# Finitely-generated group

A group $G$ having a finite generating set $M=\{a_1,\dots,a_d\}$. It thus consists of all products $a_{i_1}^{\epsilon_1}\dots a_{i_n}^{\epsilon_n}$, $i_k\in\{1,\dots,d\}$, $\epsilon_k=\pm1$. If $M$ has $d$ elements, then $G$ is said to be a $d$-generator group. Every generating set of a finitely-generated group contains a finite generating set. One-generator groups are said to be cyclic (they are isomorphic to either the additive group $\mathbf Z$ of integers, or the additive groups $\mathbf Z_n$ of residue classes of integers modulo $n$, $n=1,2,\dots$).

The set of isomorphism classes of $2$-generator groups has the cardinality of the continuum. Every countable group can be isomorphically imbedded in a $2$-generator group; the imbedding group can be chosen to be simple and to be generated by an element of order 2 and one of order 3. Every countable $n$-solvable group (cf. Solvable group) can be imbedded in a $2$-generator $(n+2)$-solvable group. Every subgroup of finite index in a finitely-generated group is finitely generated. A finitely-generated group has only finitely many subgroups of given finite index. A finitely-generated group can be infinite and periodic; in fact, for every natural number $d\geq2$ and every sufficiently large odd number $n$ there exists an infinite $d$-generator group of exponent $n$ (see Burnside problem). A finitely-generated group can be isomorphic to a proper quotient group of itself; in this case it is called non-Hopfian (cf. Hopf group). There exist solvable non-Hopfian finitely-generated groups. A finitely-generated residually-finite group (see Residually-finite group) is Hopfian. Every finitely-generated group of matrices over a field is residually finite. There exist infinite finitely-generated, and even finitely-presented, groups that are simple (cf. Finitely-presented group).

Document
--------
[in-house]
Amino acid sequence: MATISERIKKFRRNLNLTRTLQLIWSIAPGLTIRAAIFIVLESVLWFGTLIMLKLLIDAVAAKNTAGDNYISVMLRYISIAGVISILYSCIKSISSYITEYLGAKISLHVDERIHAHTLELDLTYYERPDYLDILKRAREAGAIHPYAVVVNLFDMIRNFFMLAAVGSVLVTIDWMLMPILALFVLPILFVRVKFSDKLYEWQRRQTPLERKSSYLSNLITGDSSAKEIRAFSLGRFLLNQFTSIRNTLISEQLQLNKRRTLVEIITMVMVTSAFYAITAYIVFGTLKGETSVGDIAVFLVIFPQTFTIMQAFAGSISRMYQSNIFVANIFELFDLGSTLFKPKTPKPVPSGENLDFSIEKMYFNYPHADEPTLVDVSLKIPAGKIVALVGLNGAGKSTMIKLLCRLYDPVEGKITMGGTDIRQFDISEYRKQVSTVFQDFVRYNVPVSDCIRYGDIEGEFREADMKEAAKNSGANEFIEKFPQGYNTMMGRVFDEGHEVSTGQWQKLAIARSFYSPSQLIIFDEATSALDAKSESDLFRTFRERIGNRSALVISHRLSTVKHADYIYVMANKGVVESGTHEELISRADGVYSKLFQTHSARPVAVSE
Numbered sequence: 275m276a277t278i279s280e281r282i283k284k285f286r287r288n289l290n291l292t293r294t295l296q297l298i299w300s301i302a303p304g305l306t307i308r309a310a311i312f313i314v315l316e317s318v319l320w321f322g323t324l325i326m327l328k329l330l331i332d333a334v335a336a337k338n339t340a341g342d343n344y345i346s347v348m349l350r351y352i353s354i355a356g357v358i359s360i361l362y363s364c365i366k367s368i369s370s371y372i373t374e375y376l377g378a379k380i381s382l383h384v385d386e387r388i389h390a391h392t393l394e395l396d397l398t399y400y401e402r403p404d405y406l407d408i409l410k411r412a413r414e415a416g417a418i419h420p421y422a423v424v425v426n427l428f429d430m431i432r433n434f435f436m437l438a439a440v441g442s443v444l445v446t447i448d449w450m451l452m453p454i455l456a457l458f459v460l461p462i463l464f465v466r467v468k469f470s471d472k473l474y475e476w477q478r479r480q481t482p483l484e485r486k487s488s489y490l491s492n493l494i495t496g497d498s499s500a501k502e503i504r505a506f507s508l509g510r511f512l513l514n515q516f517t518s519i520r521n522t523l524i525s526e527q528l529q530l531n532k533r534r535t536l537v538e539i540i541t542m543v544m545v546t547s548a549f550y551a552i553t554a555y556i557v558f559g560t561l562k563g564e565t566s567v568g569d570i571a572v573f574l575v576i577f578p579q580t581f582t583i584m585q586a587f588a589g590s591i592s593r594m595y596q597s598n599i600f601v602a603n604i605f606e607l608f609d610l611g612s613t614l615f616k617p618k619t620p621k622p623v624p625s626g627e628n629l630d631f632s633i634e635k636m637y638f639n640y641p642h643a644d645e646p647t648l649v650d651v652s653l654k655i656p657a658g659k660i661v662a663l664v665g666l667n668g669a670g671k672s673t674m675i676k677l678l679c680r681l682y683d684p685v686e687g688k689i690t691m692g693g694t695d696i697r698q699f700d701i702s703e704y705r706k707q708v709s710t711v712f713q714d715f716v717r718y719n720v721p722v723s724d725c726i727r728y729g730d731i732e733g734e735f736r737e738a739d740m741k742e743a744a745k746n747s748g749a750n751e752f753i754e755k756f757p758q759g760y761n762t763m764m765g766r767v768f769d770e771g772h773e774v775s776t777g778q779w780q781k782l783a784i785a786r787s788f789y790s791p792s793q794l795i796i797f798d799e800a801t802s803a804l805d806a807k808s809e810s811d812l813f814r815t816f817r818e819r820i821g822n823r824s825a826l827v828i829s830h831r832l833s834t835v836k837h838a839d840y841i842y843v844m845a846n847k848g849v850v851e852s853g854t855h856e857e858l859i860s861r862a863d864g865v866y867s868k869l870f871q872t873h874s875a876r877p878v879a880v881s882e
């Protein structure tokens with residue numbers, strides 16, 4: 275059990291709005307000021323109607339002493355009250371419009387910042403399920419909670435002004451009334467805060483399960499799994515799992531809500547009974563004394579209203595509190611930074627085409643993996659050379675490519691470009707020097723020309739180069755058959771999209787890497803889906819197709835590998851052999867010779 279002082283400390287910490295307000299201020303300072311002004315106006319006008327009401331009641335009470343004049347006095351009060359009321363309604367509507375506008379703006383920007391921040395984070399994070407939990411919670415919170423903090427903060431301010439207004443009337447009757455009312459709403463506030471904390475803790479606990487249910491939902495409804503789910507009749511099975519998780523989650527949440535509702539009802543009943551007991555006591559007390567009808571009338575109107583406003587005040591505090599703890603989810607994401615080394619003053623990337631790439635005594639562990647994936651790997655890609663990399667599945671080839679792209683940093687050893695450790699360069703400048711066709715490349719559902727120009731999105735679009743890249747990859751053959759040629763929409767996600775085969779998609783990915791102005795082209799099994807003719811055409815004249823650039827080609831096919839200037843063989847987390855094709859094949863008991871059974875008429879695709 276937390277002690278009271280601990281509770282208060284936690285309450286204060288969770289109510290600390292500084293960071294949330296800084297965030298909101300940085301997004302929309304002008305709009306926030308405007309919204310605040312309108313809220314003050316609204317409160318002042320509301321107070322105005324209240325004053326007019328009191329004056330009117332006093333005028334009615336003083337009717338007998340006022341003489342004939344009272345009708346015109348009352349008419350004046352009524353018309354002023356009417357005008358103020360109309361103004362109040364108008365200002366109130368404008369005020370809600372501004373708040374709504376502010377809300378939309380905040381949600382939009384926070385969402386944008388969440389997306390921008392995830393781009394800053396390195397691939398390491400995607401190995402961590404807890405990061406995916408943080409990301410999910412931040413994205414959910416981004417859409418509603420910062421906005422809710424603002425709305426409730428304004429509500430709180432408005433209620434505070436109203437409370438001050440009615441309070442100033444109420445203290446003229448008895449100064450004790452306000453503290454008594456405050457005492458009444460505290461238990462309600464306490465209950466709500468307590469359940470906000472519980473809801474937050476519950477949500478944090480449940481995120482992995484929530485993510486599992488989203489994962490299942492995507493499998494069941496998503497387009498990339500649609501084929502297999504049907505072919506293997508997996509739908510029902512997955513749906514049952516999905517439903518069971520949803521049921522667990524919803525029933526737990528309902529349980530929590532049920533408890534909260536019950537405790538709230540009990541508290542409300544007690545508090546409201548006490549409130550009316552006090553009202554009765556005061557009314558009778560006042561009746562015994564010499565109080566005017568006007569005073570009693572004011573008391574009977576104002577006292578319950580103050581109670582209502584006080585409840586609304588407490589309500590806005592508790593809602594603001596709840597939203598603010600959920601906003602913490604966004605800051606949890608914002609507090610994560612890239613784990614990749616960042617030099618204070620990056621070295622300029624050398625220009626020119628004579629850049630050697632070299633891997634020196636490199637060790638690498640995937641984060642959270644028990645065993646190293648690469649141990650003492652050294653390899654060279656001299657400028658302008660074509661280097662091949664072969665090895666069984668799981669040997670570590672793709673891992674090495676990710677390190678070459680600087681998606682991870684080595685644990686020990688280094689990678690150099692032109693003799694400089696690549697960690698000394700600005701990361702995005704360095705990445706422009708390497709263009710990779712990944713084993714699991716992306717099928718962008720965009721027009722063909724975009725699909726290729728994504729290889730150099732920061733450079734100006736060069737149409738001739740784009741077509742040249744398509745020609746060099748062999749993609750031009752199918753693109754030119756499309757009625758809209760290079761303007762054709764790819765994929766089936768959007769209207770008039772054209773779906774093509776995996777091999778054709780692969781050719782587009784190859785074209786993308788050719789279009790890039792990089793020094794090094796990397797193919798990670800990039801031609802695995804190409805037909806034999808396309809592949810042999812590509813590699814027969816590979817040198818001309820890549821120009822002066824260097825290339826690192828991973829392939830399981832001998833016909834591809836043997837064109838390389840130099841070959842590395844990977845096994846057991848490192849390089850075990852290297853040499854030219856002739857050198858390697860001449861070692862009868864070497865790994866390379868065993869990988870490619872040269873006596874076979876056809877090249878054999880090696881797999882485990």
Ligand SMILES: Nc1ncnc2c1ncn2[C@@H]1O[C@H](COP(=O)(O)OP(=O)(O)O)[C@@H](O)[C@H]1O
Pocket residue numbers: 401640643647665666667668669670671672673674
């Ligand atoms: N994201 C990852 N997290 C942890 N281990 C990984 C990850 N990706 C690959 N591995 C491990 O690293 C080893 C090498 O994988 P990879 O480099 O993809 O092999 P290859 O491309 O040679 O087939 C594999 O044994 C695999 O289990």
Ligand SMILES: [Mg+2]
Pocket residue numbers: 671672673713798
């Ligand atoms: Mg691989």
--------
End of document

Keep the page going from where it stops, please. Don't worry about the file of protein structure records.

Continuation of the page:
#### References

 [1] M.I. Kargapolov, J.I. [Yu.I. Merzlyakov] Merzljakov, "Fundamentals of the theory of groups" , Springer (1979) (Translated from Russian)